Produce cannot safely be salvaged in flooded areas. Heavy rains followed by flooding can negatively affect plants and vegetables in a crop or garden.
Flood waters can be contaminated with oil, heavy metals, toxic chemicals, raw sewage, farm animal waste, agricultural run-off, pathogens, bacteria and other biohazards – and can create foodborne illness or food poisoning.
FDA Recommendation – Flooded Produce
According to the U.S. Food and Drug Administration (FDA), if a garden has been exposed to floodwater, human and foodborne pathogens such as norovirus, Salmonella, pathogenic E. coli, Hepatitis A, Giardia and Cryptosporidium, have also likely been introduced into the garden.
Thus, the FDA considers crops and gardens – where the edible portion has come in contact with flood waters – to be ‘adulterated’ and not to be sold or consumed.
Following FDA guidelines, growers should discard all crops that have edible portions that have come in contact with flood water.
Produce cannot safely be salvaged in flooded areas
Numerous federal and state health and agriculture websites, as well as colleges and universities, advise against trying to salvage vegetables or fruits from gardens or fields that were under floodwaters.
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Even root vegetables, such as potatoes and carrots, that are under ground should not be consumed if floodwaters covered the soil above them. Similarly, fresh produce such as squash and melons that have been touched by floodwaters should not be eaten, according to the FDA. Their thick rinds do not provide protection for the edible flesh inside.
“There is no practical method of reconditioning the edible portion of a crop that will provide a reasonable assurance of human food safety,” according to the FDA’s posted guidance information about flooding and food safety.
Any garden item that came into contact with floodwater should be discarded
Discard all fruits and vegetables from gardens that came in contact with flood waters or flood water-soaked soil. Even if the produce looks okay, it is contaminated, and eating it increases your chance for getting sick.
Do not immediately work or replant your garden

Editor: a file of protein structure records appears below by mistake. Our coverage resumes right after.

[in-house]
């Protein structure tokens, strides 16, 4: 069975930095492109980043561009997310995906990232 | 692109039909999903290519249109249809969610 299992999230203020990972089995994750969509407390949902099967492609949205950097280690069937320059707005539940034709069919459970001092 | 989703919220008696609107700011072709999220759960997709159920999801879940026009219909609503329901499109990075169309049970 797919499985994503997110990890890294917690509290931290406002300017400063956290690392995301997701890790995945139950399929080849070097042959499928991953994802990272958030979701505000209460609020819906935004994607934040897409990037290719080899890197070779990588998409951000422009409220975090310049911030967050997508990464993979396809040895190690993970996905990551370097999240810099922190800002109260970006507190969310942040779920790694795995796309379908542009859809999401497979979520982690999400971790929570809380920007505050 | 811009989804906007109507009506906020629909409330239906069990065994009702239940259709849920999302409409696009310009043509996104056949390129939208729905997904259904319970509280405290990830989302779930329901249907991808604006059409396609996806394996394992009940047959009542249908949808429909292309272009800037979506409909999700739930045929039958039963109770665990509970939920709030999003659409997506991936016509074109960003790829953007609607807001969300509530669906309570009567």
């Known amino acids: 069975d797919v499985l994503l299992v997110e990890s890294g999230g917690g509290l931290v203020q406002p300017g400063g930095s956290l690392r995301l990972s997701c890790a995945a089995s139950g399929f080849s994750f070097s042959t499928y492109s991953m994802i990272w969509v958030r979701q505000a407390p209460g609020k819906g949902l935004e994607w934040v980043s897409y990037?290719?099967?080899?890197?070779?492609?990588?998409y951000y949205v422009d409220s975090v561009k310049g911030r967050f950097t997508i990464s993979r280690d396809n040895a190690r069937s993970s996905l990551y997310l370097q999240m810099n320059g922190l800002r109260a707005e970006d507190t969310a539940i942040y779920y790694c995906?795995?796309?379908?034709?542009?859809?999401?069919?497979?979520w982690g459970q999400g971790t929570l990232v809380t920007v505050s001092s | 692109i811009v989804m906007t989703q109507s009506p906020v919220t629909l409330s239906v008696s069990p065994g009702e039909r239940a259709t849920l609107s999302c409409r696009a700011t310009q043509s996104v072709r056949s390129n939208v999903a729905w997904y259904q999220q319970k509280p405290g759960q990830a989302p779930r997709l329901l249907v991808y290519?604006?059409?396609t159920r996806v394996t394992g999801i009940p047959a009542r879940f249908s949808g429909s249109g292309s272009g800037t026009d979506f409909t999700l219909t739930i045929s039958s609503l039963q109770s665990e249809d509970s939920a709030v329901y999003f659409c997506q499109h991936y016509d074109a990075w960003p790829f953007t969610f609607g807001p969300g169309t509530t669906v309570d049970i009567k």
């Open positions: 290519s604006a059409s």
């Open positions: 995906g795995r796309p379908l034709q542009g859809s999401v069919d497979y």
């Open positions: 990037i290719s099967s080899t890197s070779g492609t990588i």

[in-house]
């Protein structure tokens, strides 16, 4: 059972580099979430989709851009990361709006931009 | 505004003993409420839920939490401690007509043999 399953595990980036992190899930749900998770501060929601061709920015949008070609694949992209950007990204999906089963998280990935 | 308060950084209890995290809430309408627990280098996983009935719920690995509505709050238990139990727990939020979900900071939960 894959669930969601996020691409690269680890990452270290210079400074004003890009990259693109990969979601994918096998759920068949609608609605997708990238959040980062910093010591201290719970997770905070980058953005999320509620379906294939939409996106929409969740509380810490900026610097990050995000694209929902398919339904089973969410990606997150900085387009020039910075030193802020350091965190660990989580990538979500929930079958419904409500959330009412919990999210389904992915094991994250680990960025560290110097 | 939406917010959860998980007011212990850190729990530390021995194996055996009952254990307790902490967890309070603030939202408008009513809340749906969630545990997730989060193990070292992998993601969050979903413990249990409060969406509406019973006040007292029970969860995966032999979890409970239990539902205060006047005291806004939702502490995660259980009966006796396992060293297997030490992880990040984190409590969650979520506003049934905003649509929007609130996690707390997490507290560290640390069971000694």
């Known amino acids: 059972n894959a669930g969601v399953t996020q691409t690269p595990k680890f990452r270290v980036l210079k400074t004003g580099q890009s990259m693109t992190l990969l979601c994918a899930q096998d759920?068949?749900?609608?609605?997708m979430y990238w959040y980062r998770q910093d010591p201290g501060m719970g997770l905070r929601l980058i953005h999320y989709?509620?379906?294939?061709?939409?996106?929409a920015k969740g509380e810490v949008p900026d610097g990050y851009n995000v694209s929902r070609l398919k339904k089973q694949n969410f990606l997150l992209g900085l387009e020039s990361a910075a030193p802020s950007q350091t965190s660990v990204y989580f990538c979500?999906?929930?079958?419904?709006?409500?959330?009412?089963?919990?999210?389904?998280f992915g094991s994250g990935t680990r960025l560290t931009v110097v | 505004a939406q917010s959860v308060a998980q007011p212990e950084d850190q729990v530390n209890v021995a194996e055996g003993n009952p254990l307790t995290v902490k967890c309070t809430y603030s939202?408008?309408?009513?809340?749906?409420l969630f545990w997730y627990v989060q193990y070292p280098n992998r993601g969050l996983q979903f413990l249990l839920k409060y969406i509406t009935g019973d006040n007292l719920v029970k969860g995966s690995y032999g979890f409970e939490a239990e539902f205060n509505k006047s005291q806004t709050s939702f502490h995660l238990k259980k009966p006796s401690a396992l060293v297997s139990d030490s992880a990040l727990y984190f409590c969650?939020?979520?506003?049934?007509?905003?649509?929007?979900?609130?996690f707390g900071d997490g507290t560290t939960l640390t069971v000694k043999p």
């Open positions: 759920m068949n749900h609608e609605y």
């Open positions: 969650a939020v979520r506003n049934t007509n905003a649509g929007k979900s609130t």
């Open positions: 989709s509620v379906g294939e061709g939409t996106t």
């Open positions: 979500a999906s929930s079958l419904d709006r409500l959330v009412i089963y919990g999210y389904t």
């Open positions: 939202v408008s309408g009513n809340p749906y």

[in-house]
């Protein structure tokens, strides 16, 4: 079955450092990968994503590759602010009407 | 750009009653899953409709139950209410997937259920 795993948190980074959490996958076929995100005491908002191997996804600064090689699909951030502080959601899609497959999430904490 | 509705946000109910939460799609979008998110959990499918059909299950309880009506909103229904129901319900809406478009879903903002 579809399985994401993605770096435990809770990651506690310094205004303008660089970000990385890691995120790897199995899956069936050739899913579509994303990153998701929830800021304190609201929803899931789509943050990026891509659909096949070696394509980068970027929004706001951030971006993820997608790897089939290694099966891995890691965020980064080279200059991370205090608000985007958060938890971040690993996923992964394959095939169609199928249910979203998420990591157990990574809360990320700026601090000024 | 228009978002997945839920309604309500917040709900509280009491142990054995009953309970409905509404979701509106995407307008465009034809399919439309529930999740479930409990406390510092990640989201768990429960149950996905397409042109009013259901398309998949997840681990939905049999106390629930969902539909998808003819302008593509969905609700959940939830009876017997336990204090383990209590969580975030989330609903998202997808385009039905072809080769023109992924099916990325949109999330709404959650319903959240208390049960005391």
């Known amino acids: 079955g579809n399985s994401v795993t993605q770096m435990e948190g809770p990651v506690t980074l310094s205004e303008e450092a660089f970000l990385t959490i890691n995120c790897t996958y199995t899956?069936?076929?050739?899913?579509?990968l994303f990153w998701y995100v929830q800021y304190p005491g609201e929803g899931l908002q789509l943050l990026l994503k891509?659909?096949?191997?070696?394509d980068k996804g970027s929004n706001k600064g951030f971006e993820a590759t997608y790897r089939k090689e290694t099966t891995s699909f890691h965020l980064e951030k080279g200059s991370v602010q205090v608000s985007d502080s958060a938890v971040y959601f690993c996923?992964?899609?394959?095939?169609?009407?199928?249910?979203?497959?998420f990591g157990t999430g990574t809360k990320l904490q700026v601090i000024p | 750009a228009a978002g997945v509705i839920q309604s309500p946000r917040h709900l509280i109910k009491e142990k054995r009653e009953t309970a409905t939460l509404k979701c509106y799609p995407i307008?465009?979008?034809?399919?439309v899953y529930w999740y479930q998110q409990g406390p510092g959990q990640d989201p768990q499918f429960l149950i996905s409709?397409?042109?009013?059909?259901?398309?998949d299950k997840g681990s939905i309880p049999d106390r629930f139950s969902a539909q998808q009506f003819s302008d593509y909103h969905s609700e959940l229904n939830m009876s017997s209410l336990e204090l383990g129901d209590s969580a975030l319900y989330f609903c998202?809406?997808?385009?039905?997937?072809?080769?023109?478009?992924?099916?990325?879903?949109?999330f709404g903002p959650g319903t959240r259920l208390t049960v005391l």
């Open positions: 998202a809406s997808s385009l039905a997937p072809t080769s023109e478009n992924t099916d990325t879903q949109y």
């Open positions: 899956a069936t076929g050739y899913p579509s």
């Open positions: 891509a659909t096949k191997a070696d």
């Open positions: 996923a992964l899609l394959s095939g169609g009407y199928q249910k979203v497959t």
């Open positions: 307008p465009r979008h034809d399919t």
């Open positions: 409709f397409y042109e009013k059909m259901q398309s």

Avoid digging in soil for several weeks. Infectious agents and chemicals from flood waters can be found deeper in the soil and take longer for nature to remove because they are exposed to less sunlight and are less affected by temperature. If you must dig, take special precautions like wearing gloves, goggles, and boots.
Soil saturated with floodwater is a source of human pathogens and parasites. Limited information is available on the persistence of foodborne pathogens in soils following a flooding event. To minimize the potential of product re-exposure by contaminated soil, do not replant into soil for 2–3 months.
People with weak immune systems are at an increased risk of getting infections after a flood
Persons with weak immune systems (such as those undergoing cancer treatments or on long term steroids) should take additional precautions to avoid contact with sewage or sewage-contaminated areas. Consider avoiding contaminated areas until they can be cleaned and disinfected by friends, family, or possibly a professional.
Additional Flooded Produce Food Safety Resources:
- FDA – Safety of Food Affected by Hurricanes, Flooding, and Power Outages
- CDC – Food, Water, Sanitation, and Hygiene Information for Use Before and After a Disaster or Emergency
- Flood Contaminated Foods
- Flooded Gardens
- Flooded Private Sewage Systems
- Flooded Vegetable Fields
- Oil Spills in a Flood